There are few things that make me panic like thinking that I woke up late.
I am on a pretty regulated sleep/wake cycle — as close to it as possible anyway — in an effort to keep migraines at bay. I rarely need my alarm to wake me at 4:30 in the morning – I just wake up. (I will admit though that I often delay actually getting out of bed, especially when it’s cold outside.)
The past weeks with the two hour delays and missed days of school and even a day when I had to be off in the morning for an appointment have made mornings less predictable lately. That and heading to bed late after rehearsals or performances this week has my concept of time all kinds of messed up for me.
Still there is nothing more distressing than actually waking to my alarm clock and feeling like the world is out of whack.
Our bodies do notice when the clocks don’t match up with what we intuitively know to be true. Alarms going off an hour early mess with our sleep habits and our circadian rhythms and can throw some of us off for weeks.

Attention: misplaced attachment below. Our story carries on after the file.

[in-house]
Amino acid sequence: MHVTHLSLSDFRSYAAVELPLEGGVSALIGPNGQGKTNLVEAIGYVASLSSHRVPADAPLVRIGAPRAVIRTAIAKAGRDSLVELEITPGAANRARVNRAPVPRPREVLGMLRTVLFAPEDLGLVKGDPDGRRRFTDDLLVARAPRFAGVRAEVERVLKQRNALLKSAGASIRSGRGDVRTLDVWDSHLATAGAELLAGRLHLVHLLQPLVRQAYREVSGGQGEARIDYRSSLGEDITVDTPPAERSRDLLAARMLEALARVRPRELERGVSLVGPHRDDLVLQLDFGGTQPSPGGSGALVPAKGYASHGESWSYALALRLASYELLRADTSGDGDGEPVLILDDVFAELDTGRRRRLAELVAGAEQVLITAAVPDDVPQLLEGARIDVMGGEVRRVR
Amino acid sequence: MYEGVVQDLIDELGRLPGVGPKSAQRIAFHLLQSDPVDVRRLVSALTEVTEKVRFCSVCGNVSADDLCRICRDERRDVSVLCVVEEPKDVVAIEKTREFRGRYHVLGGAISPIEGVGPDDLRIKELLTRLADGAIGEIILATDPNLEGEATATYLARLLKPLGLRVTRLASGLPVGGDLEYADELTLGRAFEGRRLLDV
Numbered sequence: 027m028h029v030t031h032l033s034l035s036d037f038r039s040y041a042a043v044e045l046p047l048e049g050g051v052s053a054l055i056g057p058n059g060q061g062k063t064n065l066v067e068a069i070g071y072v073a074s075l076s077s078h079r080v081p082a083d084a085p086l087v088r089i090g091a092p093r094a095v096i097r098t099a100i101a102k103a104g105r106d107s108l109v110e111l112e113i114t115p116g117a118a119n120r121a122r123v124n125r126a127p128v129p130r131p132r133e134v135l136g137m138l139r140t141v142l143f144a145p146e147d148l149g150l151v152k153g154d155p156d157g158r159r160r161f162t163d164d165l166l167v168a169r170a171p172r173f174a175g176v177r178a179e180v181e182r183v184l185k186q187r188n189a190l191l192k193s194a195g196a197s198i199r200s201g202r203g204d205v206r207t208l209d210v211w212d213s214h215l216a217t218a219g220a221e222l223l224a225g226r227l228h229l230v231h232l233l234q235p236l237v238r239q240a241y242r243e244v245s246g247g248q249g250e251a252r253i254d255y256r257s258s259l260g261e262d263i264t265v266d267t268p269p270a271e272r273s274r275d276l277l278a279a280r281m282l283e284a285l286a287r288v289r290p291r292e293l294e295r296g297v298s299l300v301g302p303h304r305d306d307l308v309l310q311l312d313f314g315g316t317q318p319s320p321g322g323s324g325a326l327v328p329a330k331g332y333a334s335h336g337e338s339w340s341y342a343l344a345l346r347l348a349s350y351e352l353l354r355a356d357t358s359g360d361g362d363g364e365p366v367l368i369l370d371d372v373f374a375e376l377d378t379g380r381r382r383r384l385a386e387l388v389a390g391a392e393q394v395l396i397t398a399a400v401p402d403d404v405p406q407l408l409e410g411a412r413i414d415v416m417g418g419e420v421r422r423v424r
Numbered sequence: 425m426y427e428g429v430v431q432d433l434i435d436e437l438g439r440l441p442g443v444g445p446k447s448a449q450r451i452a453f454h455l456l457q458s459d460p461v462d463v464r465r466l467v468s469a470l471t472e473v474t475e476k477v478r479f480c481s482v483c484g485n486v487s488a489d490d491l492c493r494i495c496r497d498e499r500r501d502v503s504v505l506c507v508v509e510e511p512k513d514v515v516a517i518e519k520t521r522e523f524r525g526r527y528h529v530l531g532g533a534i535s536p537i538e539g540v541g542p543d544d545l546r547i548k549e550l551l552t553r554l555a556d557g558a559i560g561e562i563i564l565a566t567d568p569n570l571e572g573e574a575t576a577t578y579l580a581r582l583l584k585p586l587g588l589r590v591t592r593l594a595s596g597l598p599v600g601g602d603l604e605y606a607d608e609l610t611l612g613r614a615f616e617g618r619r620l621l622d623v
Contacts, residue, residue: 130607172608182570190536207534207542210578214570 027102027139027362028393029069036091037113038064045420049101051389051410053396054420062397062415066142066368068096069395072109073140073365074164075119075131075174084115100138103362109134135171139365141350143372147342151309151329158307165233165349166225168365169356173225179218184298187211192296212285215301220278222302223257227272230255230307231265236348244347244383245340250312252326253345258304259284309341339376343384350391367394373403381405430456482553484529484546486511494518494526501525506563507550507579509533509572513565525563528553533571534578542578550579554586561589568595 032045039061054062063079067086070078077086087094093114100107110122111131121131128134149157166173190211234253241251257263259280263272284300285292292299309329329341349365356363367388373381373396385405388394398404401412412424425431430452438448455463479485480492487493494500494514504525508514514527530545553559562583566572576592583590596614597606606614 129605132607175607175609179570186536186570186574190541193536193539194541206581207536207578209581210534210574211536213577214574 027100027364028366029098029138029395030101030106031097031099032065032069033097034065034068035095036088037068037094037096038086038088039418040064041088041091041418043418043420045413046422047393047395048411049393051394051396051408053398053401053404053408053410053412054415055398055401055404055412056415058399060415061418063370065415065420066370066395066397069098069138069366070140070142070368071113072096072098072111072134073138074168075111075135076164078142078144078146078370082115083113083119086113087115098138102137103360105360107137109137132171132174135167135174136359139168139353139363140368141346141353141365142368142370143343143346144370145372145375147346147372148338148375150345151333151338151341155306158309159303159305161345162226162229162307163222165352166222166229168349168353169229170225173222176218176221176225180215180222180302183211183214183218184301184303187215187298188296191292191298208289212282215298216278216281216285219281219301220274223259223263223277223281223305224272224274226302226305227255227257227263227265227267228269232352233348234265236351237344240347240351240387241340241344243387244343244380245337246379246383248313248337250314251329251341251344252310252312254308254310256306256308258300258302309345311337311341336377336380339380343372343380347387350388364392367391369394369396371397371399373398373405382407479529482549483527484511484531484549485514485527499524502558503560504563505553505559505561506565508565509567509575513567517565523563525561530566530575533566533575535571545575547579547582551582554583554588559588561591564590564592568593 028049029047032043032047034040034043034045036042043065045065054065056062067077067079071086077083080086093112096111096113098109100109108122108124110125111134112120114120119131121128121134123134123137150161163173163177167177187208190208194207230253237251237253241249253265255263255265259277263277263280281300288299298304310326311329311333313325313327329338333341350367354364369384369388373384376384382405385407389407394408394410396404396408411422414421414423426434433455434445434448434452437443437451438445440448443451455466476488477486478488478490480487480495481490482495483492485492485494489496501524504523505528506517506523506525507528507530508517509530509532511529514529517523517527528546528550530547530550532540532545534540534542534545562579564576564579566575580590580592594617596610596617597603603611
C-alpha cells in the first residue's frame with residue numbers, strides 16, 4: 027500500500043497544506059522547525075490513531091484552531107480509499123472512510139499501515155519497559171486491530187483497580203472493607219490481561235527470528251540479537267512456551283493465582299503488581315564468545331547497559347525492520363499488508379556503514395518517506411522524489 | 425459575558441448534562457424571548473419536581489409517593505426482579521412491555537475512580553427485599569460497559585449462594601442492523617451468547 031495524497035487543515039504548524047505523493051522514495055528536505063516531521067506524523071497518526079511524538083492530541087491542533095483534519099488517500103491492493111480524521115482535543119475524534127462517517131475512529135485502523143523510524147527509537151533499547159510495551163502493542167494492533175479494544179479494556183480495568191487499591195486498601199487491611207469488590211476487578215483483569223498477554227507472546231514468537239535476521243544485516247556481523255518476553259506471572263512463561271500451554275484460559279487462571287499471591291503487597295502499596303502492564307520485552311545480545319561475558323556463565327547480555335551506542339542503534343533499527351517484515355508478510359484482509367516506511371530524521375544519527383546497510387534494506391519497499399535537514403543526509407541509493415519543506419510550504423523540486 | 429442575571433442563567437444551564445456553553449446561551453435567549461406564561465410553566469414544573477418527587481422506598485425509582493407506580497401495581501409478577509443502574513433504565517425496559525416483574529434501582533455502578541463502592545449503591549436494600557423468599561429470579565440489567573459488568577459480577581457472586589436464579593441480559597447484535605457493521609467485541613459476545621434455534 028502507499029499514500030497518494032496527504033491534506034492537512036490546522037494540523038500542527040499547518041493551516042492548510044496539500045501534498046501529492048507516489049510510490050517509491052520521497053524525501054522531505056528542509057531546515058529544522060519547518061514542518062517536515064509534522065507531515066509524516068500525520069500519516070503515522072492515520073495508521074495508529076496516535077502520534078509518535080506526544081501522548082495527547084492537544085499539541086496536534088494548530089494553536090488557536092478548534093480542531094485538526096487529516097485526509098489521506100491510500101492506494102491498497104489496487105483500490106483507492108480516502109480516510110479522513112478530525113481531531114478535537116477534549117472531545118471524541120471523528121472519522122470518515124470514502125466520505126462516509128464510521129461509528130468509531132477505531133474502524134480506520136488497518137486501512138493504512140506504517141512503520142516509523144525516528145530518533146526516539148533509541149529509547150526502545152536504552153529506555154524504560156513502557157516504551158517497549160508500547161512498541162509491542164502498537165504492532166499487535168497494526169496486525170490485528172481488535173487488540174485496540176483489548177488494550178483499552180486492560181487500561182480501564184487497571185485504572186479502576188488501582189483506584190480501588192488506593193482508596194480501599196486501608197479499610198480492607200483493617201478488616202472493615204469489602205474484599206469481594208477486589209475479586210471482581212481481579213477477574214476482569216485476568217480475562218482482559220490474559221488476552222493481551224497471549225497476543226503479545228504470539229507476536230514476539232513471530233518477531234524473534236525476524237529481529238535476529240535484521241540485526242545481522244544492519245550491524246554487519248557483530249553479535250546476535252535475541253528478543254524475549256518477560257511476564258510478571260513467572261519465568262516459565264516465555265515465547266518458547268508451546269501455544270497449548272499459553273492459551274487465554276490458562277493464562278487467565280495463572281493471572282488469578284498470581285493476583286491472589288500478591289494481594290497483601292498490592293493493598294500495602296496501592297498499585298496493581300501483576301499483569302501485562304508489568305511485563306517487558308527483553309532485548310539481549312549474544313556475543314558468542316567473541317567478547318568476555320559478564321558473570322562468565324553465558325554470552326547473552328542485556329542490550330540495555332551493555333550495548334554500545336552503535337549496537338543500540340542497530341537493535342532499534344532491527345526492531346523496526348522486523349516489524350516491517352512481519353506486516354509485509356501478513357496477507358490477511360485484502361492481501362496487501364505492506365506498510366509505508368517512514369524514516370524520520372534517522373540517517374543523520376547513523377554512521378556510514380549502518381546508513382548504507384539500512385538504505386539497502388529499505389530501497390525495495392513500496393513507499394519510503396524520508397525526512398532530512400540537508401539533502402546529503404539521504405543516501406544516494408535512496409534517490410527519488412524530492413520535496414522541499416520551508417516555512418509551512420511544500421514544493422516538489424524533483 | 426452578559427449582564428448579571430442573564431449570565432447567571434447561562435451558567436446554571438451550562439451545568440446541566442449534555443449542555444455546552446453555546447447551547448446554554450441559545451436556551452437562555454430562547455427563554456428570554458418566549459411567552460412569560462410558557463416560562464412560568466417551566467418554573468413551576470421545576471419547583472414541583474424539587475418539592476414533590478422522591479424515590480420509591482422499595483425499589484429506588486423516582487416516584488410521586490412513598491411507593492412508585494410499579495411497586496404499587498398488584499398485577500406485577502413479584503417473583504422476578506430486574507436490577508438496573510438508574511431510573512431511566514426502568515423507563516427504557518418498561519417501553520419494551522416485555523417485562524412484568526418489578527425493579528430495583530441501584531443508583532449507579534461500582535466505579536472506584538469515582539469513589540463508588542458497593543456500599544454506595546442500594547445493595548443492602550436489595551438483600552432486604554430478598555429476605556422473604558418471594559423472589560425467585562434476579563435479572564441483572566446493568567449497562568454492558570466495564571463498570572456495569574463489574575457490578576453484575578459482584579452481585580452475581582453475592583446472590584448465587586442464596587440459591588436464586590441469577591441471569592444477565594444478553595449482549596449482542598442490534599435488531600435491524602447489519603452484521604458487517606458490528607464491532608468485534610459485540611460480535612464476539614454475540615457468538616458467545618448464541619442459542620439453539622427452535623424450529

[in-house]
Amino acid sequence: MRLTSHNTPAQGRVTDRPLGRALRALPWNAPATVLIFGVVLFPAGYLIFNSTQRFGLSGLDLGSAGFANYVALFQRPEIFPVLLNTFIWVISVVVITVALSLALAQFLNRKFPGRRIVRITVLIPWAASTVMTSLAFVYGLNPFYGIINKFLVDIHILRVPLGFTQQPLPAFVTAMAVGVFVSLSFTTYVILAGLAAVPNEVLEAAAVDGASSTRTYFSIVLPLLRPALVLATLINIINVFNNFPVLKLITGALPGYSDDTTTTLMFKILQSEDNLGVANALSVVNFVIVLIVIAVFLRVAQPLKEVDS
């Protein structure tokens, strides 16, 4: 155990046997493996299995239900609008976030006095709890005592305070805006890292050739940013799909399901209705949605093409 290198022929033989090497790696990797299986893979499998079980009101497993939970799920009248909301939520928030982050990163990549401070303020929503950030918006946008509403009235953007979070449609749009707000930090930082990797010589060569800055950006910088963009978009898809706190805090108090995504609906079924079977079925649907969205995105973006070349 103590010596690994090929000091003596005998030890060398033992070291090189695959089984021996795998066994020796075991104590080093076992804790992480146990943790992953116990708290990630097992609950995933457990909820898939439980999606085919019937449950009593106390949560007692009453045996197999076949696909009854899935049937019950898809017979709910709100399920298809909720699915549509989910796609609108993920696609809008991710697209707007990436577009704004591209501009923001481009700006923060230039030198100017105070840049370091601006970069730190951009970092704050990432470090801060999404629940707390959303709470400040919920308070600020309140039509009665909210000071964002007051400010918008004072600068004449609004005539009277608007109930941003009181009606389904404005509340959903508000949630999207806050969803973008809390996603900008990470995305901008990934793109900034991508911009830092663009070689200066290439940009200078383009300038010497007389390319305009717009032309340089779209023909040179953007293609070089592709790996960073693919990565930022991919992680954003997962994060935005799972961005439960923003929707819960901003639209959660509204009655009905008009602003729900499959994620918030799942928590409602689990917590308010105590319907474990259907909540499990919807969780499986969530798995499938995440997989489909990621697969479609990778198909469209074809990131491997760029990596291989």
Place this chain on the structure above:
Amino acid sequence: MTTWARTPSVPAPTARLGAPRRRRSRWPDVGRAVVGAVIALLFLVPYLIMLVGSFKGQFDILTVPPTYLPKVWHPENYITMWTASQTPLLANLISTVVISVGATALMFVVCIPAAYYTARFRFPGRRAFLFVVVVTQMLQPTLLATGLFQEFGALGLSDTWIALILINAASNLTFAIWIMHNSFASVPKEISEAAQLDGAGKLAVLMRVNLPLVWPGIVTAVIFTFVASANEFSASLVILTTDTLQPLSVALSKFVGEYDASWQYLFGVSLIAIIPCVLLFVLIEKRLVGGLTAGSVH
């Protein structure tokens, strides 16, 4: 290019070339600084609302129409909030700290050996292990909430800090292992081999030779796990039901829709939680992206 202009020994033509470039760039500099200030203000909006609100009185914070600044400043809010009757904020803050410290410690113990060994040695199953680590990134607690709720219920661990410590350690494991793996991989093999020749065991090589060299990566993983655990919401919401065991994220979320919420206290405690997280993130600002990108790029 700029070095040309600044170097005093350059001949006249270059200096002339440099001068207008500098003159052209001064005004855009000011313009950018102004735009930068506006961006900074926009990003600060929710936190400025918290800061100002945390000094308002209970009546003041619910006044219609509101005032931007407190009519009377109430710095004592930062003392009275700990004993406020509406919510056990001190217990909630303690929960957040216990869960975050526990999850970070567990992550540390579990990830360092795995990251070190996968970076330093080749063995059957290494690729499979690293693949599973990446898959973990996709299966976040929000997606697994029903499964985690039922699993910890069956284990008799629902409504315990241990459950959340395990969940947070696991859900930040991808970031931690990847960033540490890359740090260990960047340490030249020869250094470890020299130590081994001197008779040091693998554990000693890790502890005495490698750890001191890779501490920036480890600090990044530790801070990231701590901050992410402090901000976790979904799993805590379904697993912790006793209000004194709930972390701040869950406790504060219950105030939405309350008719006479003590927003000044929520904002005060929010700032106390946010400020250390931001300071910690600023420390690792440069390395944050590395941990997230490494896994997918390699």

My son’s theory that he’ll just go to bed early another night this week to make up for the lost hour is a great plan – in theory anyway. I’ve tried that. I took a nap this afternoon, but it doesn’t help. We’re wired to be in tune with the sun rising and setting and when that doesn’t match up with the clock, it creates a feeling of being out of sync with the world — ironically when we’re doing it to be IN sync with the rest of the world.
I’m definitely not the only one who suffers from this; my Facebook feed is full of memes and similar comments about losing an hour of sleep.
I rebelled a bit today – I refused to wear a watch or look at the time; I took a nap (which I rarely do unless I’m sick); I ate when I was hungry and will go to bed when I’m tired.
Unfortunately, I have to join the masses by following this ridiculous practice tomorrow.